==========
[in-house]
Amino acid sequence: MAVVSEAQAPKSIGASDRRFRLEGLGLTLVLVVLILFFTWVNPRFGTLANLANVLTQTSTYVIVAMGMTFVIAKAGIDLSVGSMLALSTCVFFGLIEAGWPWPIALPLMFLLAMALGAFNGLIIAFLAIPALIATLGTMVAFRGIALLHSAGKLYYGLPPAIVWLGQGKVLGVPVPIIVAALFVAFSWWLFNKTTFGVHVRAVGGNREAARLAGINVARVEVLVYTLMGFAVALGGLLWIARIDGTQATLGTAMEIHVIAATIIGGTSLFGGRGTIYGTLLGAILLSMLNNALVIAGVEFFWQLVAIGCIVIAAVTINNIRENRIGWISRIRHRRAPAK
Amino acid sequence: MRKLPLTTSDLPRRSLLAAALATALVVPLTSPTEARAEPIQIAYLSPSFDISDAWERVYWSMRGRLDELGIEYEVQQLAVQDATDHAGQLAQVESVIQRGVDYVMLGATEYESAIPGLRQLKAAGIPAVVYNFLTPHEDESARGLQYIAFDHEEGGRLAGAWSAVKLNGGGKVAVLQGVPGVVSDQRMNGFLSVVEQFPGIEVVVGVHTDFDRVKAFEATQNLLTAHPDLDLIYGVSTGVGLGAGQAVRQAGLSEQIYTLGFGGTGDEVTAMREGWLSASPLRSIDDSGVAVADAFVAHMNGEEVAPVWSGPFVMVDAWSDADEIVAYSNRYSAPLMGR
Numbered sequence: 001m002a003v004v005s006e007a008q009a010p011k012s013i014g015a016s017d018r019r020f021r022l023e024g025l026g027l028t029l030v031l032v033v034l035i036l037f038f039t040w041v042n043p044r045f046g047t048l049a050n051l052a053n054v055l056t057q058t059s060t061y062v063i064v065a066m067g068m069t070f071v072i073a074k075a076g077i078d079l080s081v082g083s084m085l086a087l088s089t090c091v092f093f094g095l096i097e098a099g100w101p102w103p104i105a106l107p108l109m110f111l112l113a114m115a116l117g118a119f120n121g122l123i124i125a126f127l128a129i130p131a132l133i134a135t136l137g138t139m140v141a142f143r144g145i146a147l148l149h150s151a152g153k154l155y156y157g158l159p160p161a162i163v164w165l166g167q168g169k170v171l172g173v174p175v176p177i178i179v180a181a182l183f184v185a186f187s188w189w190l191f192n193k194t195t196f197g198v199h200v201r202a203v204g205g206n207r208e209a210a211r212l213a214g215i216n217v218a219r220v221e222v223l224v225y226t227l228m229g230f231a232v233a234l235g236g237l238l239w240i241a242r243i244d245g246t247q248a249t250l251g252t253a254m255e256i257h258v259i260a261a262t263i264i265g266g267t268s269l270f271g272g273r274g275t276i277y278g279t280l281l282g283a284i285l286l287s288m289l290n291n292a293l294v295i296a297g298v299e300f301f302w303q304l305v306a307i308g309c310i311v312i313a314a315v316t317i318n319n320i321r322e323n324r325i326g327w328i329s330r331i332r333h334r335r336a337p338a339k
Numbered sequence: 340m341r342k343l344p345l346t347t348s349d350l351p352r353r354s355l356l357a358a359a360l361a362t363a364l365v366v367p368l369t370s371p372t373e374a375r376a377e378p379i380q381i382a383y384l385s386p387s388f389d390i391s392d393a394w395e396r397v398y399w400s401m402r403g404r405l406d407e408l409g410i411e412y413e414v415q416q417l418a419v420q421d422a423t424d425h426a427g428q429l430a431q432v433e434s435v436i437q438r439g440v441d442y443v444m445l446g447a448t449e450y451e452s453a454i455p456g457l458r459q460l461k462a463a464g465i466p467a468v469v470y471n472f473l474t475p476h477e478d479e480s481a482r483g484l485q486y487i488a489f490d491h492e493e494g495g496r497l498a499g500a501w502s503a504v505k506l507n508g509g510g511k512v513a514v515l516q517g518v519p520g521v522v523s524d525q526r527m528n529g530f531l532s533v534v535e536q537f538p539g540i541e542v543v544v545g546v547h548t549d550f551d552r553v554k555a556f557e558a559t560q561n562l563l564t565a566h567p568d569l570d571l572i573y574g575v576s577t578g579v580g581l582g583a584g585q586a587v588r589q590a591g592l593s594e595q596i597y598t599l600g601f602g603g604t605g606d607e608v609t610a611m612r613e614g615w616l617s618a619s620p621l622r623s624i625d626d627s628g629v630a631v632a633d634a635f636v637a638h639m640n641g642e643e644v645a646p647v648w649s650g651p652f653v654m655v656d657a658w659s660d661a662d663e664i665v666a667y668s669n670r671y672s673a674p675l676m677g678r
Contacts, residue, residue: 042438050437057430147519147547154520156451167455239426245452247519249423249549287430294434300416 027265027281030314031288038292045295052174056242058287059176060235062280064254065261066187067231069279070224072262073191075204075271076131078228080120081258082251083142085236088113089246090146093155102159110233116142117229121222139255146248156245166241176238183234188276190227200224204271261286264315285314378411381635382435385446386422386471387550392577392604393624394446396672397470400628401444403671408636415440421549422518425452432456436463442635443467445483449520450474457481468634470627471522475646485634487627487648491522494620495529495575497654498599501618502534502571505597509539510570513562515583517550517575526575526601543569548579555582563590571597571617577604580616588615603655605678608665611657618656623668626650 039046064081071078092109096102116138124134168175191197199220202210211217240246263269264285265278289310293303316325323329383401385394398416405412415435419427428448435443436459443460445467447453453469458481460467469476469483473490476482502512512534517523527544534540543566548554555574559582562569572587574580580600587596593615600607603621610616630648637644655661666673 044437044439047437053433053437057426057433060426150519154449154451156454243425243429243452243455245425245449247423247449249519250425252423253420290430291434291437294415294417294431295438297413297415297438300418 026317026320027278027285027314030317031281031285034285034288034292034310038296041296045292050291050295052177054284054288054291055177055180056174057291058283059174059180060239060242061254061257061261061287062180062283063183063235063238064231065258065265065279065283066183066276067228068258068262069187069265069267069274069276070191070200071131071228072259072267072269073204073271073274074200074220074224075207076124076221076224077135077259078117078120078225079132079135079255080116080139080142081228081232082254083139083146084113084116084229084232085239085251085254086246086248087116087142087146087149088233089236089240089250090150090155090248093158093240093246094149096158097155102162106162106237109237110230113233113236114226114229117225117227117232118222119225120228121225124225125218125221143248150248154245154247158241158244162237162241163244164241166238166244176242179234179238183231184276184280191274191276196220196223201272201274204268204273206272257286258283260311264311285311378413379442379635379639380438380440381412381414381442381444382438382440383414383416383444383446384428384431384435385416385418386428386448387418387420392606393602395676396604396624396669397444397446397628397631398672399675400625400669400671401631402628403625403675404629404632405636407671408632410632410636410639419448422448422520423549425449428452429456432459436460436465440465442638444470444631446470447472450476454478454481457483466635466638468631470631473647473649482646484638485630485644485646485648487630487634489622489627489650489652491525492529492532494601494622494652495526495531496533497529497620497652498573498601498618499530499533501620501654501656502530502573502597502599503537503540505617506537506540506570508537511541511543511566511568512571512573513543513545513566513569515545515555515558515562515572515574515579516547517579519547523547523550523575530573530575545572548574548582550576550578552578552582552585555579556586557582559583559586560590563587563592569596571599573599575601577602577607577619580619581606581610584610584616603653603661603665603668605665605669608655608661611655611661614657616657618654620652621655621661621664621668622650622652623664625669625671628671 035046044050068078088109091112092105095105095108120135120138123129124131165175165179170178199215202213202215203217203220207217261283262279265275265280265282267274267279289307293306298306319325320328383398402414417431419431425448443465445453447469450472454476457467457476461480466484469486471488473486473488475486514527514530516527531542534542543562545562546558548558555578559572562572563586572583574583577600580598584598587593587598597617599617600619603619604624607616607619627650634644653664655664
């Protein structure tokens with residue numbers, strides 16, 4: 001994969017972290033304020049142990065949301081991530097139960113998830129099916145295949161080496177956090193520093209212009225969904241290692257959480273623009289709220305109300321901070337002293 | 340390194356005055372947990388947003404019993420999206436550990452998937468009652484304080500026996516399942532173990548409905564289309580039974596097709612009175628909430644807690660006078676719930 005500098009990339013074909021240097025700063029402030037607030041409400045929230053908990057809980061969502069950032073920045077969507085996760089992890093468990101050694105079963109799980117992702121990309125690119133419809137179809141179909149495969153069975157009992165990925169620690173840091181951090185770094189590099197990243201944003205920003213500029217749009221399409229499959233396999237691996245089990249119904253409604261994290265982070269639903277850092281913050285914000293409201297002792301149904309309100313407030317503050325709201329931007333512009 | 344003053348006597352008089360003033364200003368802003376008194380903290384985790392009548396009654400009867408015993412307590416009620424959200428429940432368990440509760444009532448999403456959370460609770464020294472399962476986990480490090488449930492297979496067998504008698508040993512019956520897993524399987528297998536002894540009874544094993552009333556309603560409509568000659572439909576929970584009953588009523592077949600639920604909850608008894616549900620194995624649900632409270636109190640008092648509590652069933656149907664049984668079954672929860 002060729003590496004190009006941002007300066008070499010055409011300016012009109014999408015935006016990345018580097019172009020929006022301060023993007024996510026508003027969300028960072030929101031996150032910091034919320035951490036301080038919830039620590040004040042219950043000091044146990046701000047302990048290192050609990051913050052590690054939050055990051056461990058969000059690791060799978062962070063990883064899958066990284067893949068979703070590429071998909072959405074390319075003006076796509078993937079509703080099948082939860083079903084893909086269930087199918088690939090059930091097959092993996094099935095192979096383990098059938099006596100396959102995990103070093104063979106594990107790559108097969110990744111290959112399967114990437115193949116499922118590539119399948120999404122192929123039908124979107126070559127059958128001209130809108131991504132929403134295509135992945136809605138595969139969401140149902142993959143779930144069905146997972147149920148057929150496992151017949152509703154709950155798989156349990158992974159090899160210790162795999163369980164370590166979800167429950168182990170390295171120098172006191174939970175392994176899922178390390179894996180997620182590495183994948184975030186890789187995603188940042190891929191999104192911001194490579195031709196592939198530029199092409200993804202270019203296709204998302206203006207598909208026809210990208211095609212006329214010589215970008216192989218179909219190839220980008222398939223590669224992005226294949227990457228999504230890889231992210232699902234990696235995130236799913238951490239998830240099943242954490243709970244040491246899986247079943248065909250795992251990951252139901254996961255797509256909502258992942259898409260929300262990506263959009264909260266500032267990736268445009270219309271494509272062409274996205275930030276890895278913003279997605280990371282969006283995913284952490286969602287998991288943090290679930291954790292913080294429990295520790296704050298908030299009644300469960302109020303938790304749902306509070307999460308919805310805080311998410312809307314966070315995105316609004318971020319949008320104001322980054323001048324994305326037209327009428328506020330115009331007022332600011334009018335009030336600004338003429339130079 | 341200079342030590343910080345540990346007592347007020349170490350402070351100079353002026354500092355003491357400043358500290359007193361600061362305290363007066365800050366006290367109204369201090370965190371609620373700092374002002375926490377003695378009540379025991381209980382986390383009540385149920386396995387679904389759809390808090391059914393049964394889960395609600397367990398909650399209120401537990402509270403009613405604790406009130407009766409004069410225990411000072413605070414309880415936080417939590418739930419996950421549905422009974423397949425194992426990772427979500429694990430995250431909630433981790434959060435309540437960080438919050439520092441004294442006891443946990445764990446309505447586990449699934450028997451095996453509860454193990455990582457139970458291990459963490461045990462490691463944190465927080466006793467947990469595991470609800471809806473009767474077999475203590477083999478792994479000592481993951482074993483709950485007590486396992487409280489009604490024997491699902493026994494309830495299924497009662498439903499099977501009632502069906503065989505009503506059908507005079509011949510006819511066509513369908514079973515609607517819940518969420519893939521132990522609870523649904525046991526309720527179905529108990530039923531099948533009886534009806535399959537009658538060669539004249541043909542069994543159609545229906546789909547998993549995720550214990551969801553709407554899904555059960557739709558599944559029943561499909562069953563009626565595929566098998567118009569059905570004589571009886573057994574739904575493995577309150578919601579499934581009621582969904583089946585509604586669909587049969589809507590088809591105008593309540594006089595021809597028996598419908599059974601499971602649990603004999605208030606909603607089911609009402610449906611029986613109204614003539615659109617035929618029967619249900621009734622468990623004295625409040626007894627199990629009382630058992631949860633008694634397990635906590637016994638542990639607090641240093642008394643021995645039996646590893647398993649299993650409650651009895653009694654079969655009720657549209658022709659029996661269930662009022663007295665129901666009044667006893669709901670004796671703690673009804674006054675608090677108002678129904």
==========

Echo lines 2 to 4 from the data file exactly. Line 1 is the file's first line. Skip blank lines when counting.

Amino acid sequence: MAVVSEAQAPKSIGASDRRFRLEGLGLTLVLVVLILFFTWVNPRFGTLANLANVLTQTSTYVIVAMGMTFVIAKAGIDLSVGSMLALSTCVFFGLIEAGWPWPIALPLMFLLAMALGAFNGLIIAFLAIPALIATLGTMVAFRGIALLHSAGKLYYGLPPAIVWLGQGKVLGVPVPIIVAALFVAFSWWLFNKTTFGVHVRAVGGNREAARLAGINVARVEVLVYTLMGFAVALGGLLWIARIDGTQATLGTAMEIHVIAATIIGGTSLFGGRGTIYGTLLGAILLSMLNNALVIAGVEFFWQLVAIGCIVIAAVTINNIRENRIGWISRIRHRRAPAK
Amino acid sequence: MRKLPLTTSDLPRRSLLAAALATALVVPLTSPTEARAEPIQIAYLSPSFDISDAWERVYWSMRGRLDELGIEYEVQQLAVQDATDHAGQLAQVESVIQRGVDYVMLGATEYESAIPGLRQLKAAGIPAVVYNFLTPHEDESARGLQYIAFDHEEGGRLAGAWSAVKLNGGGKVAVLQGVPGVVSDQRMNGFLSVVEQFPGIEVVVGVHTDFDRVKAFEATQNLLTAHPDLDLIYGVSTGVGLGAGQAVRQAGLSEQIYTLGFGGTGDEVTAMREGWLSASPLRSIDDSGVAVADAFVAHMNGEEVAPVWSGPFVMVDAWSDADEIVAYSNRYSAPLMGR
Numbered sequence: 001m002a003v004v005s006e007a008q009a010p011k012s013i014g015a016s017d018r019r020f021r022l023e024g025l026g027l028t029l030v031l032v033v034l035i036l037f038f039t040w041v042n043p044r045f046g047t048l049a050n051l052a053n054v055l056t057q058t059s060t061y062v063i064v065a066m067g068m069t070f071v072i073a074k075a076g077i078d079l080s081v082g083s084m085l086a087l088s089t090c091v092f093f094g095l096i097e098a099g100w101p102w103p104i105a106l107p108l109m110f111l112l113a114m115a116l117g118a119f120n121g122l123i124i125a126f127l128a129i130p131a132l133i134a135t136l137g138t139m140v141a142f143r144g145i146a147l148l149h150s151a152g153k154l155y156y157g158l159p160p161a162i163v164w165l166g167q168g169k170v171l172g173v174p175v176p177i178i179v180a181a182l183f184v185a186f187s188w189w190l191f192n193k194t195t196f197g198v199h200v201r202a203v204g205g206n207r208e209a210a211r212l213a214g215i216n217v218a219r220v221e222v223l224v225y226t227l228m229g230f231a232v233a234l235g236g237l238l239w240i241a242r243i244d245g246t247q248a249t250l251g252t253a254m255e256i257h258v259i260a261a262t263i264i265g266g267t268s269l270f271g272g273r274g275t276i277y278g279t280l281l282g283a284i285l286l287s288m289l290n291n292a293l294v295i296a297g298v299e300f301f302w303q304l305v306a307i308g309c310i311v312i313a314a315v316t317i318n319n320i321r322e323n324r325i326g327w328i329s330r331i332r333h334r335r336a337p338a339k